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Scathing: Receiving Criticism, Avoiding Labels, and Redacting a Review

10 Sep
Scathing: Receiving Criticism, Avoiding Labels, and Redacting a Review

Ever been labeled something that puzzled you?

Recently, a fellow writer wrote that I was unethical. At first, I thought she meant someone else, and thought, “What does she mean? That’s not true of that person,” but then realized she referenced a blog post I wrote last year regarding how pride can get in the way of receiving feedback or criticism. No names were mentioned. In fact, the only person readers knew was involved was me, and I admitted that even now, after decades as a writer, my pride is still sometimes stung by harsh criticism.

Hey, even the most thick-skinned of veteran writers still wants his work to be liked and read, no matter how many bestsellers he has behind him. (I’d like to have at least one bestseller, but that’s a goal yet to be reached.)

Another label put on me in the past — this time by a publisher — is “the editor who makes authors cry”. That is not an appellation of which to be proud. By no means. My goal has been and always will be to help authors produce their best work. Sometimes, they can be so in love with their creations that they cannot see flaws or weaknesses, missed storytelling opportunities, or clunky sentences. When an editor tells them what needs revising, they don’t receive the news well.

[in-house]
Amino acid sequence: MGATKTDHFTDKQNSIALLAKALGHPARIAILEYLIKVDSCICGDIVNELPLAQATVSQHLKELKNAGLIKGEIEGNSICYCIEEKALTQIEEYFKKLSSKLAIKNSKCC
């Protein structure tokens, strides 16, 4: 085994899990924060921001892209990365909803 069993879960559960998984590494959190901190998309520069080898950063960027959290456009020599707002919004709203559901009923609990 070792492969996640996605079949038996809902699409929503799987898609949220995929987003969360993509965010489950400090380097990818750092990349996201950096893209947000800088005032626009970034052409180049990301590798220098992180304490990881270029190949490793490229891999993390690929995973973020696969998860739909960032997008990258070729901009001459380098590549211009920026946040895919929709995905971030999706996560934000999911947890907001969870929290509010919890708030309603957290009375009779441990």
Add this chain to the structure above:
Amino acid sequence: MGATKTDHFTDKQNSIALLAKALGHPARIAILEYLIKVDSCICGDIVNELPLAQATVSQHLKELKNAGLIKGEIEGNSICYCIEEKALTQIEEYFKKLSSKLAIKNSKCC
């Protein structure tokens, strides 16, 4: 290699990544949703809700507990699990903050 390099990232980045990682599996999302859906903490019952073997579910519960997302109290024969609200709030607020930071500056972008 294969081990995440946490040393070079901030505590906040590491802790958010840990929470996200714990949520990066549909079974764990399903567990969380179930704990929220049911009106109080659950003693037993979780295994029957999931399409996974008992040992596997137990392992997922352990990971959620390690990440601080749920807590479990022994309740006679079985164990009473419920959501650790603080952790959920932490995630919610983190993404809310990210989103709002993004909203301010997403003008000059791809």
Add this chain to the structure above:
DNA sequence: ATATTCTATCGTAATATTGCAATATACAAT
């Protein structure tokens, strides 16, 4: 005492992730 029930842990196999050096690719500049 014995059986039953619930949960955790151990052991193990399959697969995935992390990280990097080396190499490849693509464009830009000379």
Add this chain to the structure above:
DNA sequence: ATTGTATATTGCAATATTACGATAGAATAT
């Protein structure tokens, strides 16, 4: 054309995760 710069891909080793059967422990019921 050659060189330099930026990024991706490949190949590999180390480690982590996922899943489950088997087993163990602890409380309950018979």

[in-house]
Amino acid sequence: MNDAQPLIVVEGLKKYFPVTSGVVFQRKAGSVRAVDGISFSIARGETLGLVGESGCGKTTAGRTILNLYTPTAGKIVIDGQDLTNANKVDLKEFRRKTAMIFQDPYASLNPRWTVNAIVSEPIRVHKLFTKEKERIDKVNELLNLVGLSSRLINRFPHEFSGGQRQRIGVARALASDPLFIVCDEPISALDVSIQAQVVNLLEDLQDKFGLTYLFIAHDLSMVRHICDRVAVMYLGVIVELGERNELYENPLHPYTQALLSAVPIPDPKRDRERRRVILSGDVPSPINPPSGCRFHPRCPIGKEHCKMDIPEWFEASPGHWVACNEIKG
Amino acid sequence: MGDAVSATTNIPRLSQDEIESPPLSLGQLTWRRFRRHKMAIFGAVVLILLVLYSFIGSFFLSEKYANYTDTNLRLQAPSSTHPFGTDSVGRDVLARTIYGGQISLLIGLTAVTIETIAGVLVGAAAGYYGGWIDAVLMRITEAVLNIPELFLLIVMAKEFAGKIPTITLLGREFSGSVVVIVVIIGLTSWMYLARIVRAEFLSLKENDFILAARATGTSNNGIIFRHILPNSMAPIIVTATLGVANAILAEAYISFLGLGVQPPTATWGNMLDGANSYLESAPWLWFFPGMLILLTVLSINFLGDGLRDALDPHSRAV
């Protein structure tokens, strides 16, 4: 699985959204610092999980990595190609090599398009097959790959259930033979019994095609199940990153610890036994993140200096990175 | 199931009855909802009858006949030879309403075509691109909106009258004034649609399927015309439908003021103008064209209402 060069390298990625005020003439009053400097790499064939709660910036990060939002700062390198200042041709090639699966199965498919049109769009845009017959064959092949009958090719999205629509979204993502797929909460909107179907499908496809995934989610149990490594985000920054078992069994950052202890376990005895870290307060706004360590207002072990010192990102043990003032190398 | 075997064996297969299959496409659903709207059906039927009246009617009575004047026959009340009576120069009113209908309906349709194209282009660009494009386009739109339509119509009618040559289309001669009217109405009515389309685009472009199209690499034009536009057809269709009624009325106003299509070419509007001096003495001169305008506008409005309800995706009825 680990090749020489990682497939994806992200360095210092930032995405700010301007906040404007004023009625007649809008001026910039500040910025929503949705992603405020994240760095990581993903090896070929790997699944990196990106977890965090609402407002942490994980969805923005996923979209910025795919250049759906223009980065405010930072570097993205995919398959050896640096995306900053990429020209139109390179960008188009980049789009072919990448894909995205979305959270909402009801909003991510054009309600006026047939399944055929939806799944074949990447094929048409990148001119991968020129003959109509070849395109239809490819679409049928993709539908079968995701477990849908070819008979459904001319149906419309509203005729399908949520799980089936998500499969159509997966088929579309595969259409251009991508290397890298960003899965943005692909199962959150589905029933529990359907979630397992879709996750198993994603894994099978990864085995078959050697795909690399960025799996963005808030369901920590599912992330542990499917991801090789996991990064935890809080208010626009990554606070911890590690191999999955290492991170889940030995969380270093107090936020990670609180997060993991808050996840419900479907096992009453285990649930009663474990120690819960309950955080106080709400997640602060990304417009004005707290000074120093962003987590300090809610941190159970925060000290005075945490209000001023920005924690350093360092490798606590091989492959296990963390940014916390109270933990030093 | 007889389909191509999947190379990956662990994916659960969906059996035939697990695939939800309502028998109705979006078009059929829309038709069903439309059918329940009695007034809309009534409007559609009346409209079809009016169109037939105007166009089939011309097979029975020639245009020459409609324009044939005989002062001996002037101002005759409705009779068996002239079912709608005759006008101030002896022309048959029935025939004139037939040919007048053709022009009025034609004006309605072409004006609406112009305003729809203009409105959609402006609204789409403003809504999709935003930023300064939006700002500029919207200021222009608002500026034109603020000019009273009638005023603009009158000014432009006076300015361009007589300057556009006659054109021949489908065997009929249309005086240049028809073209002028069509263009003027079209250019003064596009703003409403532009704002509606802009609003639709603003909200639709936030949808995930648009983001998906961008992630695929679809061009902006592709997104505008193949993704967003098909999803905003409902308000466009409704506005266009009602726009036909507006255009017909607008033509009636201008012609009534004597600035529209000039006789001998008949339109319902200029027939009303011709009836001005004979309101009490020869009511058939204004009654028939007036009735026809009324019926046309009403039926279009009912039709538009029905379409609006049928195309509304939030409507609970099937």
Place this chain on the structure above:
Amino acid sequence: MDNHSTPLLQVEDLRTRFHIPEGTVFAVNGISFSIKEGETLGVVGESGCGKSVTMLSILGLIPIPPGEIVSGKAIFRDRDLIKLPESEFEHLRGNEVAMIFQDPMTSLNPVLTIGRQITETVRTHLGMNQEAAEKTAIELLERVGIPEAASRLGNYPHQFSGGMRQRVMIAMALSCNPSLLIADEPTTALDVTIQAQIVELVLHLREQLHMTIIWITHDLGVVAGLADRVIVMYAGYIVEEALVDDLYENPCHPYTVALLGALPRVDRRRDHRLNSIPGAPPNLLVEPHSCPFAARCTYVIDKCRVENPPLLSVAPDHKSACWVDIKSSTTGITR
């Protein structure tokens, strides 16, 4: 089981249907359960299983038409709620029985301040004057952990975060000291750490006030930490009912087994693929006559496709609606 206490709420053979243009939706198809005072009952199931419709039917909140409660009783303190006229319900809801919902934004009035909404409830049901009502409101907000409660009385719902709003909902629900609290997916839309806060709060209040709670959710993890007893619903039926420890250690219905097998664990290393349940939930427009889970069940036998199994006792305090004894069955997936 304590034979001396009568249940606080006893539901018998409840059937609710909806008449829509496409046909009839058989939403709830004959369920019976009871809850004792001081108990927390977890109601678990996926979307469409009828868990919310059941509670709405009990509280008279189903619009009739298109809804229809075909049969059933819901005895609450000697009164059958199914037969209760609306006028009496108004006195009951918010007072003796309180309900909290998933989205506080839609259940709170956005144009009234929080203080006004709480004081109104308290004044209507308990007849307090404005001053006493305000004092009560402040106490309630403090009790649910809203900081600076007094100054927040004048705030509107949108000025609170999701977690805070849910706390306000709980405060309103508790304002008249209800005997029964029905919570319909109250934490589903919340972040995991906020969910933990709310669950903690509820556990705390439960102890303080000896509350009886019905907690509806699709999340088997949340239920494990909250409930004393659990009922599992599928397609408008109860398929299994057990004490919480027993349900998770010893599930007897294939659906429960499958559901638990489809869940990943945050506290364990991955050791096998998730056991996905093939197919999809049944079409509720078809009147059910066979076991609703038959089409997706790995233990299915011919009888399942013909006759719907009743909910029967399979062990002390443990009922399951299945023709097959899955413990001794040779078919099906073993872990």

There is an implied compliment in the fact that someone else is taking the time to not only read one’s work, but to help one improve it. However, we writers often react with affront, with offended pride and scathing words toward the “clueless”, “high-handed”, “overbearing” editor. We don’t see his/her true intent. All we know is that we didn’t receive the praise and the rubber-stamped approval we desired.

Before we slap labels on folks and burn bridges we might need to rebuild, might I suggest a bit of reflection? Some distance? Perhaps a walk, a rant to a friend, a scribbled diatribe in a journal? A good night’s sleep? Prayer? Something that allows us to grow calm, to be objective, and not to say or do something we’ll regret. (Related reading: “What’s Your Filter?“)

We may find — as I did while editing Dragon’s Rook — that snarky, scolding feedback that shoots wide of the mark can still contain something valuable. When I stepped back and looked at the advice with cold objectivity, I saw a couple pieces I could use. As a result, I tore apart one scene that had been troubling me. The reconstructed version is many times better than the original.